Australian Forest Products Association (AFPA) is celebrating the great achievements of the forest industries with National Forestry Day which was held on Tuesday 30 August.
To mark the day in Albury, the Murray Region Forestry Hub (MRFH) held a tree planting event at National Foresters’ Grove, Wagga Road, Albury.
Attendees included NSW MP Justin Clancy, Mayor Albury City Kylie King, recently announced chair elect of AFPA Diana Gibbs, chair of Murray Region Forestry Hub (MRFH) Peter Crowe OAM, executive officer MRFH Phil Clements, and other members of the forest industry.
The MRFH is one of 11 Commonwealth-funded regional forestry hubs set up across Australia to identify the impediments and opportunities to develop the forestry and timber industry.
Peter Crowe said National Foresters’ Grove, a bicentennial project where more than 300 native trees have been planted in honour of past and present foresters, was the ideal place to celebrate the timber industries’ achievements.
He said National Forestry Day celebrates forest industries’ great work fighting climate change, providing jobs, and creating sought-after products such as house frames, cardboard boxes, and even paper straws, from a renewable source.
Mr Crowe said AFPA figures show Australia’s forest industries contribute $24 billion to the economy every year, and support around 80,000 direct jobs nationally and another 100,000 indirectly, many of which underpin rural and regional communities.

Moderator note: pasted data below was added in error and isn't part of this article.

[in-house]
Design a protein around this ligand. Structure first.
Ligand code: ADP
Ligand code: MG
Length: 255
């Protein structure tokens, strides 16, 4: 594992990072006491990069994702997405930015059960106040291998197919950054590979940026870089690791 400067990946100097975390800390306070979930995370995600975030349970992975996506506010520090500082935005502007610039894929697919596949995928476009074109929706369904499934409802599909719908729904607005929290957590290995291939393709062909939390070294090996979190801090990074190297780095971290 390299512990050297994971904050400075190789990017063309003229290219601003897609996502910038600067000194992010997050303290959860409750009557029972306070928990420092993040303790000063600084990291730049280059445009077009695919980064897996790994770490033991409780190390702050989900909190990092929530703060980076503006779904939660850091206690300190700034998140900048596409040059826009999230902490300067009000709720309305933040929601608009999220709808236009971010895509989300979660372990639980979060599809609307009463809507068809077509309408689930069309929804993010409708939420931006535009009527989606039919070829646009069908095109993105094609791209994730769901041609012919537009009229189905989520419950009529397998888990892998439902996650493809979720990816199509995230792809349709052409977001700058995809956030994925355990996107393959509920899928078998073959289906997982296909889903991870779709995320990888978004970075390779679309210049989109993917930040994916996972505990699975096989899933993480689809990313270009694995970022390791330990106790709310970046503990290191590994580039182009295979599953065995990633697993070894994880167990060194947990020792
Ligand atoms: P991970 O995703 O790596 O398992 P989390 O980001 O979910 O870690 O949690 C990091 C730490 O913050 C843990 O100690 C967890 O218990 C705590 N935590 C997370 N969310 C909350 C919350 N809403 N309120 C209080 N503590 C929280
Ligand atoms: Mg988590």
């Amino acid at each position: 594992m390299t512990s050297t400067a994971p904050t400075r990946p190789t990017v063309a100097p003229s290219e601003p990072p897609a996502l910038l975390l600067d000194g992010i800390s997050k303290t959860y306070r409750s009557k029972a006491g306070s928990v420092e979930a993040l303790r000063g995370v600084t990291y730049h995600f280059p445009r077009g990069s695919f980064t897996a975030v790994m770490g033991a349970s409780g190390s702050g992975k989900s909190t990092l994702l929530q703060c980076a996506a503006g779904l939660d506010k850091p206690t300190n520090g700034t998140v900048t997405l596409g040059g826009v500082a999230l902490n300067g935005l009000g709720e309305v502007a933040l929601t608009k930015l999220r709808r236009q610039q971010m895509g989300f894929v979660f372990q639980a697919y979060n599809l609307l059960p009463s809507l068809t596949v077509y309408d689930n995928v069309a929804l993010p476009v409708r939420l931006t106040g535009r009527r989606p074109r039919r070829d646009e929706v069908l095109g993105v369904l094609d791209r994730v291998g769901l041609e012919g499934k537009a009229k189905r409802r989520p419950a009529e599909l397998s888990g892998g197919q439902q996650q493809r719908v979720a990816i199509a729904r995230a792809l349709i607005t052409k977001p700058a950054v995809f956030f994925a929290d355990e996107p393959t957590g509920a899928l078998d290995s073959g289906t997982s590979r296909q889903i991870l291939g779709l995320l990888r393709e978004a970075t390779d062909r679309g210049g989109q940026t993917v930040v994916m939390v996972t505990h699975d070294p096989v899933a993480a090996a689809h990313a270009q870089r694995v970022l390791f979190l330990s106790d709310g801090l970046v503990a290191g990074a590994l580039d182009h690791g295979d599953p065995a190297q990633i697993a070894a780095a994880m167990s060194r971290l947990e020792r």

“The trees that makeup Australia’s total plantation forestry estate store vast amounts of carbon, which AFPA figures show equates to the same amount of carbon created by more than 56 million cars being driven for a year,” he said.
“AFPA figures show Australian forestry plants around 70 million new trees every year, enough to cover 136,000 football fields. Its native forestry operations are the most sustainable in the world and every harvested tree is replaced by laws protecting the environment. Native forestry produces beautiful timber products from furniture to floorboards.”
Mr Crowe said AFPA analysis has revealed that Australia’s forestry plantation estate has shrunk by the equivalent of 76-thousand timber house-frames as farmers and landowners move to other commodities which pay higher, short-term returns.
“Figures indicate that during the past six years the loss to the national estate has been staggering – falling 230,000 hectares from 1.973 million hectares in 2014-15 to 1.744 million hectares in 2020-21,” he said.
“This is disastrous news for builders as AFPA figures show it means the loss of the equivalent of 76-thousand frames – which equates to a city the size of Geelong – and serves as a warning to governments that policy incentives for farmers to plant production trees are critical.
“Australia has a $2 billion trade deficit in wood products. The Albanese Government aims to plant one billion more production trees by 2030 to help make our nation far less dependent on timber imports.”